The Philadelphia 76ers has acquired controlling stakes in two prominent eSports teams, making it the first North American sports franchise to enter the space through a buyout.
Following the deal, Team Dignitas and Team Apex will be united under the Team Dignitas name, and will compete in a variety of events, including League of Legends, Counter-Strike: GO, Overwatch, Heroes of the Storm and Smite. Former Team Dignitas owner Michael O'Dell will be president of the unified outfit, while former Team Apex owner will be vice president and general manager.
The Philadelphia 76ers did not disclose the value of the acquisition, but the deal was completed in partnership with NextEquity Partners. The stated aim now is to turn Team Dignitas into the "dominant franchise" in global eSports, using the 76ers' knowledge of, "sponsorship, sales, branding, digital marketing, merchandising, publicity and more," in addition to, "player recruitment, development and wellness."
Commenting in an official statement, the 76ers' management team framed the deal as a turning point for eSports as a whole. Managing general partner Josh Harris claimed it would, "accelerate the already rapid pace of growth in eSports," while CEO Scott O'Neil pledged to, "reimagine corporate sponsorship," within the growing market.
However, while this may the first time that a North American franchise has acquired an eSports team, it's just the latest example of investment from real-world sports businesses. The German football club Wolfsburg hired a professional FIFA player in February this year. The UK's West Ham United followed suit in May, and both Schalke 04 (Germany) and Valencia (Spain) have both started full eSports teams in the time since.
A difference here seems to be the scale of the investment, though it is very much in line with a trend highlighted by Hi-Rez Studios' Todd Harris at Casual Connect USA this year. In a panel discussion about the lack of revenue in eSports at present, Harris pointed to money from real-world teams and professionals as a more reliable source of investment in the near future, citing Rick Fox and Mark Cuban as two in an expanding group of examples.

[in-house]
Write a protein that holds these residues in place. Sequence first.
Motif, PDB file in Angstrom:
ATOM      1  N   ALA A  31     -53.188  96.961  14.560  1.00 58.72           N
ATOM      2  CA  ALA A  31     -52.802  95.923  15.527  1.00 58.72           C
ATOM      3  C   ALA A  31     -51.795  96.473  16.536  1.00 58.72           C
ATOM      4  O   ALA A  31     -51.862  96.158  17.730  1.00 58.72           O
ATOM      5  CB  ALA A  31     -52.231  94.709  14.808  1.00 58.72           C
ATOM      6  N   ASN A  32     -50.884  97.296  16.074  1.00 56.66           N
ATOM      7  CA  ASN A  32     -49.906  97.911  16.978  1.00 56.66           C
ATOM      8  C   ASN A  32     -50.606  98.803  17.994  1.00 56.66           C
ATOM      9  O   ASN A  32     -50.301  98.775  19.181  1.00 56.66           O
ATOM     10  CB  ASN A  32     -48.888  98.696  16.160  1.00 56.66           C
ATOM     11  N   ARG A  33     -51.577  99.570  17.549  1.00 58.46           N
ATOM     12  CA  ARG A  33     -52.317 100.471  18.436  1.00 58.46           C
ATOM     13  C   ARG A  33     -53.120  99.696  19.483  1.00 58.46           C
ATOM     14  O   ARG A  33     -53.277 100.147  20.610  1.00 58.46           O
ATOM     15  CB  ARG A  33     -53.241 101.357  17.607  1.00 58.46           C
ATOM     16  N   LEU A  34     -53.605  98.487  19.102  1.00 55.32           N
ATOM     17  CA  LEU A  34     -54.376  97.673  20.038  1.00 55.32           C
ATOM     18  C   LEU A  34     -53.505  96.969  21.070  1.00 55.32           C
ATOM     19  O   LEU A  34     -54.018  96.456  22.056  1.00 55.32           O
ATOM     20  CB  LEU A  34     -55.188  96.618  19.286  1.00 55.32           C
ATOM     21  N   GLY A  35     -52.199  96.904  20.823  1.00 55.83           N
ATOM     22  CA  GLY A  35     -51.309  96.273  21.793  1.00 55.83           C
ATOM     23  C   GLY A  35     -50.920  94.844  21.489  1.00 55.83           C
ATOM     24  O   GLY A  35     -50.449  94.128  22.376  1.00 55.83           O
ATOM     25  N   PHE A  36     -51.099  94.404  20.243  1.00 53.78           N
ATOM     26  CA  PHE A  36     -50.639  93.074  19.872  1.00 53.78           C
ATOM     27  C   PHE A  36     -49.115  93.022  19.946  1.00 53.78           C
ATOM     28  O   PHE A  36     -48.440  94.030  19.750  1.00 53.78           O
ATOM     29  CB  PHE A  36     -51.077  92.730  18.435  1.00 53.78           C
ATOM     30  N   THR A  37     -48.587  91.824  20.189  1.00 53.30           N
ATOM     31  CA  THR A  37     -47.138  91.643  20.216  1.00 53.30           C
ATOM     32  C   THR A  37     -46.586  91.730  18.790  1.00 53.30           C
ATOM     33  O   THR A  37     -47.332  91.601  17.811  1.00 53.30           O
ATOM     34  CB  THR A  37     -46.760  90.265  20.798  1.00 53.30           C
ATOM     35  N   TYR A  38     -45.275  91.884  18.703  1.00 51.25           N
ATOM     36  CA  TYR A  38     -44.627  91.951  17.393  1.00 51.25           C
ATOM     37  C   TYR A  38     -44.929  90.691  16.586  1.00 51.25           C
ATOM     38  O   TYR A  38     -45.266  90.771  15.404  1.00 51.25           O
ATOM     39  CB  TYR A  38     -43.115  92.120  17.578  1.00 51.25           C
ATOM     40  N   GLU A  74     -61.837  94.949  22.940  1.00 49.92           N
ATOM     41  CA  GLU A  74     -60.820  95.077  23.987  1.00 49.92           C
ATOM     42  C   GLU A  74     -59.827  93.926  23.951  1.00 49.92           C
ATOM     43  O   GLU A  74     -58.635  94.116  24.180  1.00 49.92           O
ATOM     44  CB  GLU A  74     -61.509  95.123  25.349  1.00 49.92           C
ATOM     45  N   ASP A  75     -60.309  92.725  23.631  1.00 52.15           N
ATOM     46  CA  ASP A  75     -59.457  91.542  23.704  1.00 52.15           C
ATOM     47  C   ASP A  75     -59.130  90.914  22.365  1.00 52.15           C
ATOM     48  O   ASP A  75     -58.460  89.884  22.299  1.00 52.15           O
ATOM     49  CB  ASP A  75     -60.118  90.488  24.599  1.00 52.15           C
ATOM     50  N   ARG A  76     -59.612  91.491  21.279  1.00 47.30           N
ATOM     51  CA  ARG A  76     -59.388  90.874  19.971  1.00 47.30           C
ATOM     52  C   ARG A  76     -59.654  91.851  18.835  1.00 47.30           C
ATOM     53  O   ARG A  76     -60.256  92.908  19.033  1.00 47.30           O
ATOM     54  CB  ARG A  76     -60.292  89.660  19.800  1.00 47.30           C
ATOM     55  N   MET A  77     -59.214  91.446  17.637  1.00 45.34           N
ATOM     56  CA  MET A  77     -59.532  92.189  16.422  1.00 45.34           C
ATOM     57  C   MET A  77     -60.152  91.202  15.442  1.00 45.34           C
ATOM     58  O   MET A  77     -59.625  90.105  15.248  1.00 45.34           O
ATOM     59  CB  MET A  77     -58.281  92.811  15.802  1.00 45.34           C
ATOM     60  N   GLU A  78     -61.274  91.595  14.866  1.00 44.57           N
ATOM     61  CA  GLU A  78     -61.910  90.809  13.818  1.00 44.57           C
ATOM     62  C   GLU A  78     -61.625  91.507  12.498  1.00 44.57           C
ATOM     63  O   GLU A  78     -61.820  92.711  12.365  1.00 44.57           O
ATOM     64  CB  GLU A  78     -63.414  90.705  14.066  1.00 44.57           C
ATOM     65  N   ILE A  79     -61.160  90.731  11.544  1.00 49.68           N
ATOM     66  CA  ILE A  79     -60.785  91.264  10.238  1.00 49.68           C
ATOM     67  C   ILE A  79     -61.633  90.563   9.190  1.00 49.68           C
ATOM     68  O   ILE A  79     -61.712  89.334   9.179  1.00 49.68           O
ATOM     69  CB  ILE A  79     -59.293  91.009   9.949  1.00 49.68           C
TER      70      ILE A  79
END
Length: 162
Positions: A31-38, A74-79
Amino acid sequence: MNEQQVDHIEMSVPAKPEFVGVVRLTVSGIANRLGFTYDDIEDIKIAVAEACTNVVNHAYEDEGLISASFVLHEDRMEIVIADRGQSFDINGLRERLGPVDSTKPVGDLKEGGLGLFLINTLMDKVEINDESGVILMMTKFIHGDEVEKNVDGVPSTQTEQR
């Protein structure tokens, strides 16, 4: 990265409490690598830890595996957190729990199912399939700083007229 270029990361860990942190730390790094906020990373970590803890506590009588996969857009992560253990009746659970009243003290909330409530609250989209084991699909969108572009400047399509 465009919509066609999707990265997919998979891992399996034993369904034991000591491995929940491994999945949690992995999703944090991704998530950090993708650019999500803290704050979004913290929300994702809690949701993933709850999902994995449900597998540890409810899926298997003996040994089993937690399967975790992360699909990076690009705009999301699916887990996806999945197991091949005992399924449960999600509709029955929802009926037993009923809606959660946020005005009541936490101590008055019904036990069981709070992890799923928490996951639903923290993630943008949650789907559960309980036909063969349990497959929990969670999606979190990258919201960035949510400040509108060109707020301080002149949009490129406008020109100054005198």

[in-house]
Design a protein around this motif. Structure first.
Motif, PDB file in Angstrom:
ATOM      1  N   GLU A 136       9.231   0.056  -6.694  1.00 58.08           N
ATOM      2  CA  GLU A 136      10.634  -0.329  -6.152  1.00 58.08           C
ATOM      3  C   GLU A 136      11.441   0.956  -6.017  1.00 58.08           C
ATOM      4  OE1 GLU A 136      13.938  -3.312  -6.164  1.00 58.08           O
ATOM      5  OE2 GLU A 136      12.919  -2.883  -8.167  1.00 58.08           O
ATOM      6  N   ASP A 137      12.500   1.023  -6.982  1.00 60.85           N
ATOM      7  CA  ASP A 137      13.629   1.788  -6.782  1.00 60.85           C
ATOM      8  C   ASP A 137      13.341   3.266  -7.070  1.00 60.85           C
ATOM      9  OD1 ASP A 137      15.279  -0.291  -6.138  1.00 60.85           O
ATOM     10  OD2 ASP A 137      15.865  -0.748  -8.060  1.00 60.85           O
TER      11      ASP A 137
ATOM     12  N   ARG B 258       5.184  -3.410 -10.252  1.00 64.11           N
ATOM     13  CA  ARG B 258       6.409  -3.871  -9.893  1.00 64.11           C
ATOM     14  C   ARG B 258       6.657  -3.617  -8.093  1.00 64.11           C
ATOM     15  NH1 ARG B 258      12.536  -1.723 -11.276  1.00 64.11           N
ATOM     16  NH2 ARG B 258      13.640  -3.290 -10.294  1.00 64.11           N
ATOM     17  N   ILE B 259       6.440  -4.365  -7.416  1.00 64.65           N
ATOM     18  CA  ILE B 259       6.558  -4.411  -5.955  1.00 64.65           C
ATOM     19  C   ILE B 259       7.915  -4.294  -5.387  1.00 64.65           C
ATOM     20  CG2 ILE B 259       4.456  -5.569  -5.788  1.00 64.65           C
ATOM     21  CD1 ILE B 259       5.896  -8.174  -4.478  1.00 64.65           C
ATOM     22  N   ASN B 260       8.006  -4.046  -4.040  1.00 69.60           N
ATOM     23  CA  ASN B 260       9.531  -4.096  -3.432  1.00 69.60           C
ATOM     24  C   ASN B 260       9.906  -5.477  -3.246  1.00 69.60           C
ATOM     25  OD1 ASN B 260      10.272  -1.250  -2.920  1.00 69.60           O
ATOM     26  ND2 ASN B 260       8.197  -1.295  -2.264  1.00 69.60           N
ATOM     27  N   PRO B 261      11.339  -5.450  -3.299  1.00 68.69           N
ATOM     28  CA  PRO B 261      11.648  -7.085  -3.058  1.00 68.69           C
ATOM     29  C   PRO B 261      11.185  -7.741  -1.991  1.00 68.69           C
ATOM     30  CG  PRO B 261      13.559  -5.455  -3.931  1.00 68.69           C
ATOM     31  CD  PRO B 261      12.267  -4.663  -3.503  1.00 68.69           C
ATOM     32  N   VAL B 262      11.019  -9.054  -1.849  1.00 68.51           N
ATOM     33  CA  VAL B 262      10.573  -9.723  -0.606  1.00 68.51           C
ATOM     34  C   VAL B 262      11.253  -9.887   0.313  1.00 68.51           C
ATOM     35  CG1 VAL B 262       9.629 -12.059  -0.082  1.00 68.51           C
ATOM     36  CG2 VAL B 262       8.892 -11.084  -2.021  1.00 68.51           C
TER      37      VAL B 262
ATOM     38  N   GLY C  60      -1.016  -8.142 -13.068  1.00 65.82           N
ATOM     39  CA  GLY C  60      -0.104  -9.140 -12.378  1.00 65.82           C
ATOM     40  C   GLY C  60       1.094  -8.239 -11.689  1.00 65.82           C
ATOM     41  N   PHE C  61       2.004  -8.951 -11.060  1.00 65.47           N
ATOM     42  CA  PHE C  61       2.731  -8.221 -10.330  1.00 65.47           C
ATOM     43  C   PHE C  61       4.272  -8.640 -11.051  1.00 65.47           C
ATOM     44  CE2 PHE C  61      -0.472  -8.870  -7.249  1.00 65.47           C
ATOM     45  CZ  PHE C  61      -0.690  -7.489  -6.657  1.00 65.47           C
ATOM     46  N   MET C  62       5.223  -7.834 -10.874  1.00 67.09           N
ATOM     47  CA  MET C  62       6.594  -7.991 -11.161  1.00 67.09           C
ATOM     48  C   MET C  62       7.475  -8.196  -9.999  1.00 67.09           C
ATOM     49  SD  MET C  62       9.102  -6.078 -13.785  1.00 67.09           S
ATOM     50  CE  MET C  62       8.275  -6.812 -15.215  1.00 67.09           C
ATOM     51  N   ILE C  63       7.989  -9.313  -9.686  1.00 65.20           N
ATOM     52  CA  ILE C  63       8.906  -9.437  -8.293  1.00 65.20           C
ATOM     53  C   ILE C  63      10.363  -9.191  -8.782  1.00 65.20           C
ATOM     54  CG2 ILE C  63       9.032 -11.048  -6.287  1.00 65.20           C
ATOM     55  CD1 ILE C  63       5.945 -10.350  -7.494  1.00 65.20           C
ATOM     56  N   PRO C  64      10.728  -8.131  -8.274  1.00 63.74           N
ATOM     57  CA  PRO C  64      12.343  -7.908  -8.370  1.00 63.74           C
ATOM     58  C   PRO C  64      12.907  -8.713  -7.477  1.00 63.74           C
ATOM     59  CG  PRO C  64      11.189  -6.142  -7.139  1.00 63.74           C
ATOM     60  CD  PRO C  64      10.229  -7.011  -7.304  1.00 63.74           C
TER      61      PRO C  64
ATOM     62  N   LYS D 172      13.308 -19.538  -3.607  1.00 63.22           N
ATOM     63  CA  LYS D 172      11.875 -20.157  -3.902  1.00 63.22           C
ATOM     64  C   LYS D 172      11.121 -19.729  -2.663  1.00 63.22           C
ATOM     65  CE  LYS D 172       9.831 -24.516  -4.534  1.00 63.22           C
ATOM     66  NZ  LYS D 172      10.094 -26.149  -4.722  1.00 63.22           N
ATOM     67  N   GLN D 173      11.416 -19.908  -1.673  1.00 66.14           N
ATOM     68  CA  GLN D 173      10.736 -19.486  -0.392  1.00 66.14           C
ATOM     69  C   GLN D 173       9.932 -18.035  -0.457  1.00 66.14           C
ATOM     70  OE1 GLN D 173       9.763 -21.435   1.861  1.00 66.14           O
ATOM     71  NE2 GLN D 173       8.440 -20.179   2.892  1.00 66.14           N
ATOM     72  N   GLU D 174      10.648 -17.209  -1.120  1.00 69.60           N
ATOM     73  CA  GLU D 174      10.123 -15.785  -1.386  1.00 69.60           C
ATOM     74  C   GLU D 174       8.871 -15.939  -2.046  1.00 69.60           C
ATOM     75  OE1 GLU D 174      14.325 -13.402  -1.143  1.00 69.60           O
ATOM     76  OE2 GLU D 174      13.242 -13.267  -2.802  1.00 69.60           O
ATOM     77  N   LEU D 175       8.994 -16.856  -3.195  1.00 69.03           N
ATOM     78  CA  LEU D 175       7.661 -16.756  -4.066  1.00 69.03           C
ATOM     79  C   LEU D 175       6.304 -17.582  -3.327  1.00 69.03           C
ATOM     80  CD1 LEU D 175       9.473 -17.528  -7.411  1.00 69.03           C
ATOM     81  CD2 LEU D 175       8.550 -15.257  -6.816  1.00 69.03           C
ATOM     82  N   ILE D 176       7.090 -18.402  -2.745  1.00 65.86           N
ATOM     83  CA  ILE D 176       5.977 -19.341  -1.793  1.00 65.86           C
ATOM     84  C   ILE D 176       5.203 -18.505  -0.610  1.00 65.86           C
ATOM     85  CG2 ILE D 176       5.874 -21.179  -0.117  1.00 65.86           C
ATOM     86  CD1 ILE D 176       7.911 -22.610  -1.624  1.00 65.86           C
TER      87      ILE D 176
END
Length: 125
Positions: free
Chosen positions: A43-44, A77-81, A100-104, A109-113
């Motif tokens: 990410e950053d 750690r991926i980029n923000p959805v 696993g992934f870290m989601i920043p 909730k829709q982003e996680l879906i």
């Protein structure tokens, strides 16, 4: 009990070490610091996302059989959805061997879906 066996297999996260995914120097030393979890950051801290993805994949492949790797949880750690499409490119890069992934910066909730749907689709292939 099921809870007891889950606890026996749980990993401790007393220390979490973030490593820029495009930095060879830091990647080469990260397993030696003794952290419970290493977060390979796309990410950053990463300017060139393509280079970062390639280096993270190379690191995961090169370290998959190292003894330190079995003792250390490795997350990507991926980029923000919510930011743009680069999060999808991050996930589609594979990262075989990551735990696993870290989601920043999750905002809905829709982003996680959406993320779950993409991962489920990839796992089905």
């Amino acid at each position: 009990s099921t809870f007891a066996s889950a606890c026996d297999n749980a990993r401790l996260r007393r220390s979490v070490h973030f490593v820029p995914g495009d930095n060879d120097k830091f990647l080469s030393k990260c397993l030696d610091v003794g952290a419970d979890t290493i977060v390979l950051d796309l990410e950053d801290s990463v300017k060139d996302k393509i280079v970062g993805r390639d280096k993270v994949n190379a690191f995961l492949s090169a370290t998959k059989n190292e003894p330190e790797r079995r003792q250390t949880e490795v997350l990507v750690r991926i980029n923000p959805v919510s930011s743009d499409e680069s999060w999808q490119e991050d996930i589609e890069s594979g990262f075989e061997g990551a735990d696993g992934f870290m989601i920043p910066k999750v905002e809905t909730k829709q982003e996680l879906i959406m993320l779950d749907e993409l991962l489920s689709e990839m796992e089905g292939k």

"Those investments, I can't put a number on it, but it's gonna go hard," Harris said. "More than double over the next year, of owners and high-wealth individuals who have invested in traditional sports investing in eSports."
Ultimately, this is not the revenue that eSports' pioneers are aiming for. When Activision Blizzard started its eSports push almost a year ago, it put broadcast revenues at the centre of its pitch to investors. In the 2014/15 season, CEO Bobby Kotick said, broadcasting generated $7 billion in revenue for the NFL, almost double the $4 billion made from sponsorship, merchandise and ticket sales combined.
But that money is not in eSports at present, and recent events have highlighted an imbalance in the way existing revenue is distributed. A company like Riot Games, for example, earns revenue from in-game transactions in League of Legends, some of which it has invested in nurturing the eSports scene that now surrounds its flagship product. However, the company has attracted criticism for creating an increasingly difficult commercial environment for pro LoL teams.
"Most LCS [League Championship Series] teams lose money because stipends are stagnant, sponsorships for LCS team operations are shrinking and the cost of player salaries, content production, support staff and housing costs are spiraling up," said Team SoloMid owner Andy Dinh said last month.
"Traditional major sports organizations own stadiums and franchise rights in a league. In my case, Marc [Merril, Riot co-founder] owns the game and the exclusive league and he just offers me a contract every December to participate in LCS, a slot which I risk losing twice a year. I can't earn anything related to LCS except what he pays me or allows me to earn."
Last week, Riot Games committed to a series of reforms, including revenue sharing with team owners and pro players.